by State Rep. Paul Opsommer (MI-93)

The size of government, particularly at the federal level, is expanding greatly. But this also has a trickle down effect on Michigan. In order to qualify for federal dollars, states frequently have to pass laws that expand their reach and authority. And they often need to continue to pay for new programs after federal funding is phased out. Short run money that appeared “free” often ends up becoming a long run obligation to state taxpayers in the end.

This is an important consideration as Michigan approaches its October 1st budget deadline, especially with the large role federal stimulus money could play in how things are balanced. It would be easy to plug too many budgetary holes with stimulus dollars, leaving us worse off in the future. It is my belief that we should have a small government, but what it does do, it should do well.

Instead, most government tries to do too much and ends up doing nothing particularly well. But the current economy will force us to make necessary decisions: what kind of government do we want, what kind of government do we need, and ultimately what are we willing to pay for?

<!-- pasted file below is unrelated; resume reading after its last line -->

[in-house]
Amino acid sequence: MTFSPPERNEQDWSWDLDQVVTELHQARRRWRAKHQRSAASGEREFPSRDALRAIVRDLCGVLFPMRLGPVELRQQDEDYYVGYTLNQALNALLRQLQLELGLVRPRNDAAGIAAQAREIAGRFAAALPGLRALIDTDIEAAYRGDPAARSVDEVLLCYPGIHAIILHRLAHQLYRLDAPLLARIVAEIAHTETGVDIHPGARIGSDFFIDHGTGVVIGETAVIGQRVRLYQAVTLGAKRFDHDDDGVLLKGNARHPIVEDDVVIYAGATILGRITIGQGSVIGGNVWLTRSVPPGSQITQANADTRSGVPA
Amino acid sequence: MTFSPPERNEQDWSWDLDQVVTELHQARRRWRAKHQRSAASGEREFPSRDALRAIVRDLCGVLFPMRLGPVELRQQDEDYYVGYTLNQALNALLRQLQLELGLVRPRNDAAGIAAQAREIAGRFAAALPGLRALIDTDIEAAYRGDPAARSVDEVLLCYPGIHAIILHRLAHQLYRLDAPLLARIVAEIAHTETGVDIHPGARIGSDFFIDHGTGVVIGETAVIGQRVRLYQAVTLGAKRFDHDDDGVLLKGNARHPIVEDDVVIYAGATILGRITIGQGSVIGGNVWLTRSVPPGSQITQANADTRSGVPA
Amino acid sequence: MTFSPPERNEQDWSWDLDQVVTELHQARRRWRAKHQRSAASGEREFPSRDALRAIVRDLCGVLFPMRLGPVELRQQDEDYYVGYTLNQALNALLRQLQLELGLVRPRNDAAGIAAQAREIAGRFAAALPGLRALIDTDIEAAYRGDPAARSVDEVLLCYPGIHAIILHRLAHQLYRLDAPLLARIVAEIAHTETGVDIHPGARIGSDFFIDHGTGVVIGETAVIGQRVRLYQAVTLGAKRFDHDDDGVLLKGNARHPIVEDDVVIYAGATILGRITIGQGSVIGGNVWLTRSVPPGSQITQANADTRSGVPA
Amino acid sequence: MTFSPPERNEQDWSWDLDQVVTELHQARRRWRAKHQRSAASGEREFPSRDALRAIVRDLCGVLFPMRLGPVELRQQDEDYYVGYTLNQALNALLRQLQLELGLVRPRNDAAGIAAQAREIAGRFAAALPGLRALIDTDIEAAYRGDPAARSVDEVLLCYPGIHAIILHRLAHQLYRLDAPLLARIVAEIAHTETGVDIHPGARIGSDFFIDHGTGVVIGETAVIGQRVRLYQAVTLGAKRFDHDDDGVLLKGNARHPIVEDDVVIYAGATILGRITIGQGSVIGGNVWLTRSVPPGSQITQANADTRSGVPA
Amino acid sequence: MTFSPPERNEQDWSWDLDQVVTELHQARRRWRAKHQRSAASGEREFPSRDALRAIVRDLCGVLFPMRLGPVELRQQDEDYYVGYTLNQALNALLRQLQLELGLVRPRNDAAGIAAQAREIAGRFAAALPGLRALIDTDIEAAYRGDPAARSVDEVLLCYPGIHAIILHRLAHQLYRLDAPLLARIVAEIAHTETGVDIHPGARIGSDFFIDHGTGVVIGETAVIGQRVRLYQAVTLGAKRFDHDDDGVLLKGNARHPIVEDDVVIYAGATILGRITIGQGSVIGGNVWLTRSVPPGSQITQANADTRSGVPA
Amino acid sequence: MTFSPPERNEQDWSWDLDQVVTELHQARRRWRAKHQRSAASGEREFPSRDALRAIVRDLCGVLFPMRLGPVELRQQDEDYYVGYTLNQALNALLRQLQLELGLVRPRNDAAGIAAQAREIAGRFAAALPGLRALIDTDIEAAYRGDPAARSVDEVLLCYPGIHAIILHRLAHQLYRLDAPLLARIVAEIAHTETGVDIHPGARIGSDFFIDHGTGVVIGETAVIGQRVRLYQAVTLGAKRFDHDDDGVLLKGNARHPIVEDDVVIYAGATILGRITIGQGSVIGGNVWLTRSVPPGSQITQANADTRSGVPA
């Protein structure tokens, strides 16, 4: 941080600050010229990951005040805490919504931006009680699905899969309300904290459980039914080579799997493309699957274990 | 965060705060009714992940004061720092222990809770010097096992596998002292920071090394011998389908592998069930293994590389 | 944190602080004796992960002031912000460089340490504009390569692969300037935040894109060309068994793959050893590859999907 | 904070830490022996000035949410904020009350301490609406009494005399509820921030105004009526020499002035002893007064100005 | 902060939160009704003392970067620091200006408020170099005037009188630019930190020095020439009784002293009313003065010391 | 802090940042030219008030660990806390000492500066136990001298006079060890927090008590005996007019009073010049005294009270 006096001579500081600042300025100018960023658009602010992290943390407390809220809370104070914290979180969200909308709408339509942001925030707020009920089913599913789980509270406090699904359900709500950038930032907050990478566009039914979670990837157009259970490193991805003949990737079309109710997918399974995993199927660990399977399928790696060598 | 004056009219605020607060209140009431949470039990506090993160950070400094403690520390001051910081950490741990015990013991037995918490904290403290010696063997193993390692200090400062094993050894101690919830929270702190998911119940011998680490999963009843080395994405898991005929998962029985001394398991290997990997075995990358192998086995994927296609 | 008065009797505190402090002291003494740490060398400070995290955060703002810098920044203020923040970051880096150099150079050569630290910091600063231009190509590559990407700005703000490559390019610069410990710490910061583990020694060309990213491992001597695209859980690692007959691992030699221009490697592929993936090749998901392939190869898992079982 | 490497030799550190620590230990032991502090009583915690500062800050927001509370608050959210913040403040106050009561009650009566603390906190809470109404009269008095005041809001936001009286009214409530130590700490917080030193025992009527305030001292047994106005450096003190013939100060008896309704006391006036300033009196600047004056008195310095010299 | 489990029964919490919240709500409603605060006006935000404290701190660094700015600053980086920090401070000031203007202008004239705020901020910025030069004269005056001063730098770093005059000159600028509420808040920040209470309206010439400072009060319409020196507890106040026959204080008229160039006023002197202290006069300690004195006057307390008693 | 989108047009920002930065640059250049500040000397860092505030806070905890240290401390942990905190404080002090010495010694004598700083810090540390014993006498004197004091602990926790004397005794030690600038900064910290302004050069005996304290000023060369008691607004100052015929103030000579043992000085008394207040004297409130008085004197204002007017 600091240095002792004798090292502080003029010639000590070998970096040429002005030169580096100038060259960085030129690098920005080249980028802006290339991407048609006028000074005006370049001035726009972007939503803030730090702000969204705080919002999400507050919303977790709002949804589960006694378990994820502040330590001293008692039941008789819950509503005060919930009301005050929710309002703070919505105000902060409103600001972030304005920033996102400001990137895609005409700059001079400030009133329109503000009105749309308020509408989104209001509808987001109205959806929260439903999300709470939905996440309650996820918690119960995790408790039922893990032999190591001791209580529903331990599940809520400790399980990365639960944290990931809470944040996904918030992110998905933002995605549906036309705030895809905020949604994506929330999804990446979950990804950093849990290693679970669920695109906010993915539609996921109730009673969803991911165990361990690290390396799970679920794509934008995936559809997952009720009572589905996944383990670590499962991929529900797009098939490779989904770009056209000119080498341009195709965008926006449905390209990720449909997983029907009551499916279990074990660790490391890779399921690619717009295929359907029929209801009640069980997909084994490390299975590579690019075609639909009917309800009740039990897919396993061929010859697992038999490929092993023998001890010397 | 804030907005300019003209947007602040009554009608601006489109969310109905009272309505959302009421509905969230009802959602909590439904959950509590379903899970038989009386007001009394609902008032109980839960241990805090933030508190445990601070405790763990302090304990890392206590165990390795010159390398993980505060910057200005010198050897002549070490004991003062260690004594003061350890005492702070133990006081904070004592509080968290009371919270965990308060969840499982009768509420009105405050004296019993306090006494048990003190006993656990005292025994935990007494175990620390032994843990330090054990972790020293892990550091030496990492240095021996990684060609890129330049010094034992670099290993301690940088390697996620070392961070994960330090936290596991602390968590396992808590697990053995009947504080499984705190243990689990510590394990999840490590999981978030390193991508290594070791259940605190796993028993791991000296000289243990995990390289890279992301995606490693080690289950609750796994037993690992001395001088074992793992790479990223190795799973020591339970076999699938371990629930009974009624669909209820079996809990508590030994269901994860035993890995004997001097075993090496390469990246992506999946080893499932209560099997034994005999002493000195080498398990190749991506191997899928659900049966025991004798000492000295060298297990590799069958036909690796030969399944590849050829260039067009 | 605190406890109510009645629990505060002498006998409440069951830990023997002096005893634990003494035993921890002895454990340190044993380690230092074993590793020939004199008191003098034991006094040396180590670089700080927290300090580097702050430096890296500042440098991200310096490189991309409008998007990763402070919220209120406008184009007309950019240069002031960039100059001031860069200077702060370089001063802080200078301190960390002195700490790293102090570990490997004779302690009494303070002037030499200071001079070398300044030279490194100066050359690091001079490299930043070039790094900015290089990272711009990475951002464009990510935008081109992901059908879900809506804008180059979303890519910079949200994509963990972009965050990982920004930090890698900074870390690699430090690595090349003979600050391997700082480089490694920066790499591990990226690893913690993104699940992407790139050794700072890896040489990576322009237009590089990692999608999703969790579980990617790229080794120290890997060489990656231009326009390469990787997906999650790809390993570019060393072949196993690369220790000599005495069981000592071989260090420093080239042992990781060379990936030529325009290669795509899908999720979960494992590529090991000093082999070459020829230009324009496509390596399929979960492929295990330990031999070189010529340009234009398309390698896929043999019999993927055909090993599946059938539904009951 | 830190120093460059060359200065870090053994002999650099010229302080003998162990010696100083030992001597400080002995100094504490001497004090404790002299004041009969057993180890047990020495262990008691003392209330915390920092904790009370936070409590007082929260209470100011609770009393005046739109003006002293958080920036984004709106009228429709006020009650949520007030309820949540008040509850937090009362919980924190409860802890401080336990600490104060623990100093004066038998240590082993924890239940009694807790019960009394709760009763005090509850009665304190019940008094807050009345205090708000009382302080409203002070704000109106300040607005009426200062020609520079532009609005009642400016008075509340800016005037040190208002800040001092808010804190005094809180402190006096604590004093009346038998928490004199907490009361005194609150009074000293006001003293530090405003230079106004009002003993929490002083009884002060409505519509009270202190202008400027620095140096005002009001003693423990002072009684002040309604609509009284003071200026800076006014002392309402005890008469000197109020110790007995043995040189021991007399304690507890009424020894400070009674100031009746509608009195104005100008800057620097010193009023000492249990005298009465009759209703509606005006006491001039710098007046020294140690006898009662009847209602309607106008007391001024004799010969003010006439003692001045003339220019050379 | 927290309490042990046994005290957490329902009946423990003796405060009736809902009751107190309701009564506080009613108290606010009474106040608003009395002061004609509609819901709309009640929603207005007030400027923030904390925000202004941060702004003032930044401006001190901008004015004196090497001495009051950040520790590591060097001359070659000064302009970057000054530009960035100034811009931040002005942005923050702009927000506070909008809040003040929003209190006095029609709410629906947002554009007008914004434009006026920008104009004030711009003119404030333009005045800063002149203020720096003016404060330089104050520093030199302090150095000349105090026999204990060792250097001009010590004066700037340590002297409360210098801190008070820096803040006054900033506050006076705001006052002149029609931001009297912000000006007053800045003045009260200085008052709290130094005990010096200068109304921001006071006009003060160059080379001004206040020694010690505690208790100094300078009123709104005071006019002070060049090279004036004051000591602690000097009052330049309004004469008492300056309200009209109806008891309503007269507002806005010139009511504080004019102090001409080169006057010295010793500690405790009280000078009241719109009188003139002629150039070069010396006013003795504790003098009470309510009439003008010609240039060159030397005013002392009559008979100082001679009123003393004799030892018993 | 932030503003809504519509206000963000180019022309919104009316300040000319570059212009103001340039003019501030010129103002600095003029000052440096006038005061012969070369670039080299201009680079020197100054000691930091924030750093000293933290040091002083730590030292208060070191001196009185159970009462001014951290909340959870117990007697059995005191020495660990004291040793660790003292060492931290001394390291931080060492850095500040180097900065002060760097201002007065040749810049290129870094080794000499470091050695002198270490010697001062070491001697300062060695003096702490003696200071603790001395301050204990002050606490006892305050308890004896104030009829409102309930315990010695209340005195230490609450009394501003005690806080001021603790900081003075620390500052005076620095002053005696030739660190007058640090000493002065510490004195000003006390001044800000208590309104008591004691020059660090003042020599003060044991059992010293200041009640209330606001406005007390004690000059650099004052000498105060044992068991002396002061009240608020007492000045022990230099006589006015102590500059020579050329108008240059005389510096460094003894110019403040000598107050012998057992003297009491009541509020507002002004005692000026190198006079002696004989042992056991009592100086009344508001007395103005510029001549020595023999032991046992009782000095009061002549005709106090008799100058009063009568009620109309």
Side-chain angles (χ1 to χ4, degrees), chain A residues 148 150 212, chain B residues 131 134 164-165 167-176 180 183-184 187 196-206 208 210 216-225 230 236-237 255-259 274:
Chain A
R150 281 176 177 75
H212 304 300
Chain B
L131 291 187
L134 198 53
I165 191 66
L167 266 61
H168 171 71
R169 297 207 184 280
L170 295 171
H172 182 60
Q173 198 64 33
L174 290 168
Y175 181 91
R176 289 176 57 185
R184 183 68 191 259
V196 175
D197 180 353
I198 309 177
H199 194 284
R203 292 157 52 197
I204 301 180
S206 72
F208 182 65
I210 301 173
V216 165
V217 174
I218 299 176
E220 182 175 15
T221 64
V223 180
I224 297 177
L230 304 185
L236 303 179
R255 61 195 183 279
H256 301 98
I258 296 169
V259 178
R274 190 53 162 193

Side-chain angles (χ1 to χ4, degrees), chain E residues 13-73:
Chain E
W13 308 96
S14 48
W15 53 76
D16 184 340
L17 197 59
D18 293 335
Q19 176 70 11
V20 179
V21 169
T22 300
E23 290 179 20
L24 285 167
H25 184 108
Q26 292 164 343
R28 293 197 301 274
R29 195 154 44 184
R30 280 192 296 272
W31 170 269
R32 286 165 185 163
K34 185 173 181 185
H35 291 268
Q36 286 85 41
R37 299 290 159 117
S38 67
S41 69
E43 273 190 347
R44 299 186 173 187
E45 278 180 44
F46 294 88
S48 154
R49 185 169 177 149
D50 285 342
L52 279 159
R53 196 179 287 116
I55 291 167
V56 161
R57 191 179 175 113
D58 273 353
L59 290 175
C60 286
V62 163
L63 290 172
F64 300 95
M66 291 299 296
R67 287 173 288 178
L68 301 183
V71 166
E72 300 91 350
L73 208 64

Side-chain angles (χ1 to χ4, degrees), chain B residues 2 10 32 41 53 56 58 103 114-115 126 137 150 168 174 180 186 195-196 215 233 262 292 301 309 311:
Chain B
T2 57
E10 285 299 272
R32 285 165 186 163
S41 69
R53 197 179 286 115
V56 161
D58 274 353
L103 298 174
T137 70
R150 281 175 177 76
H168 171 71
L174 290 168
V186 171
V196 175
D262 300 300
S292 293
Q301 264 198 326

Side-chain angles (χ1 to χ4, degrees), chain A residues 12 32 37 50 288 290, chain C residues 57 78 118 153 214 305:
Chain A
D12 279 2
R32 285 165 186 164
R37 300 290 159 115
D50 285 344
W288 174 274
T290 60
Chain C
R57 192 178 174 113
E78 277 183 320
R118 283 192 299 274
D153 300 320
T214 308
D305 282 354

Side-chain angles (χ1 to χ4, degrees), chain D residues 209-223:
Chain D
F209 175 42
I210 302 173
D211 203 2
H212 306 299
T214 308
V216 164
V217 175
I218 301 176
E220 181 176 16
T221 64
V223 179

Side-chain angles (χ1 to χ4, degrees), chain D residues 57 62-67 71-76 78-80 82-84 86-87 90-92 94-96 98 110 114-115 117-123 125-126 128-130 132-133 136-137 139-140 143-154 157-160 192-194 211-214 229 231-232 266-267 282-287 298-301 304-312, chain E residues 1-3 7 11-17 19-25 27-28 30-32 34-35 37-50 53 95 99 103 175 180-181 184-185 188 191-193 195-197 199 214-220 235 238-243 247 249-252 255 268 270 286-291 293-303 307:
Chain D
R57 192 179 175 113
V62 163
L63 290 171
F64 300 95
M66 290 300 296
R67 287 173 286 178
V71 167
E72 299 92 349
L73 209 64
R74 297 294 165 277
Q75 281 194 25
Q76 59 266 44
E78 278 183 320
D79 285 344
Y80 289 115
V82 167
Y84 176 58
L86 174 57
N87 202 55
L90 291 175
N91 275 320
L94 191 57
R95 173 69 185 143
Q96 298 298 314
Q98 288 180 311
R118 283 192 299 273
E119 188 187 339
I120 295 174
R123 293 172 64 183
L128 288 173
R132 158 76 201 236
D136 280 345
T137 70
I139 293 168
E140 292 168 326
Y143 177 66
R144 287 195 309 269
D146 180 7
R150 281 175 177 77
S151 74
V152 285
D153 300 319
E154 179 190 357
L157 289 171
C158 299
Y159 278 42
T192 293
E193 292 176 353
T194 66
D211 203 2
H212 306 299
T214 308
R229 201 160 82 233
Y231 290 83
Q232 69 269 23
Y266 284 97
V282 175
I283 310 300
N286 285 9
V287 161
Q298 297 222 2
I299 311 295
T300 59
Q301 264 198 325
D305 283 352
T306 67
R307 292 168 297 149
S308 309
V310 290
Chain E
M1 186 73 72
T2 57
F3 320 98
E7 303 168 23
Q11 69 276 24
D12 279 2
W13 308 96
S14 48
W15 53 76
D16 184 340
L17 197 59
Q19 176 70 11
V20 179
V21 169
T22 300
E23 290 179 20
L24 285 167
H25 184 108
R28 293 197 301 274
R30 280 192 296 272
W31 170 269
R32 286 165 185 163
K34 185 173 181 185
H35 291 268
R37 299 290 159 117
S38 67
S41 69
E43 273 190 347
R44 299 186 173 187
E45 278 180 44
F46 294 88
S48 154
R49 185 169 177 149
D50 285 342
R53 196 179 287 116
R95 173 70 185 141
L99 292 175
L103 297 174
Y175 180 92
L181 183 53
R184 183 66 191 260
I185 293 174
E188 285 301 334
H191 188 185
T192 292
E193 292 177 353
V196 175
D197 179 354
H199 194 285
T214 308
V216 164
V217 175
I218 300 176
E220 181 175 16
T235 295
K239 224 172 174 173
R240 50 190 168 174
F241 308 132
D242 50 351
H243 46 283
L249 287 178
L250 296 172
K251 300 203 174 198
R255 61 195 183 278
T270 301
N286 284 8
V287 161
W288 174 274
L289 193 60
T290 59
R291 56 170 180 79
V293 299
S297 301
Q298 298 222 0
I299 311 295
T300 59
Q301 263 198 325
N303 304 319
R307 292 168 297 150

Government shutdowns and furlough days are all signs that government is trying to do too much and more than it can handle. By definition, government can not be effective if it is not up and running.

People often ask me if I am committed to doing everything I can to avoid a government shutdown this year. The reality is that as of September 4th we will already have had six shutdown days in the form of furloughs. This is an emergency stopgap measure we can not continue to rely on if we wish to have effective government.

I am therefore introducing legislation to limit the use of furlough days to no more than six a year. Once we reach that mark, it is obvious that we need to be looking at more permanent solutions such as accelerated retirements to reduce the number of state employees while we reorganize and keep the programs that matter most up and running.

We also need to commit to ensuring taxpayers can’t be ticketed, fined, or otherwise penalized because of furlough days or an unbalanced budget. As an example I have introduced HB 5277 to make sure people aren’t fined for not renewing their licenses on furlough days that have forced the Secretary of State’s office to be closed.

HB 5230 ensures that no one has to pay money for a tax tribunal hearing more than once. I’m also working on a bill to increase the amount of interest the state pays taxpayers who are owed a refund.

An effective government has to be kept up and running, and it shouldn’t be allowed to penalize taxpayers for its own inability to right-size government.

State Rep. Paul Opsommer [send him email] was elected to a second term in the Michigan House of Representatives in November 2008.  He represents the residents of Clinton and Gratiot counties.

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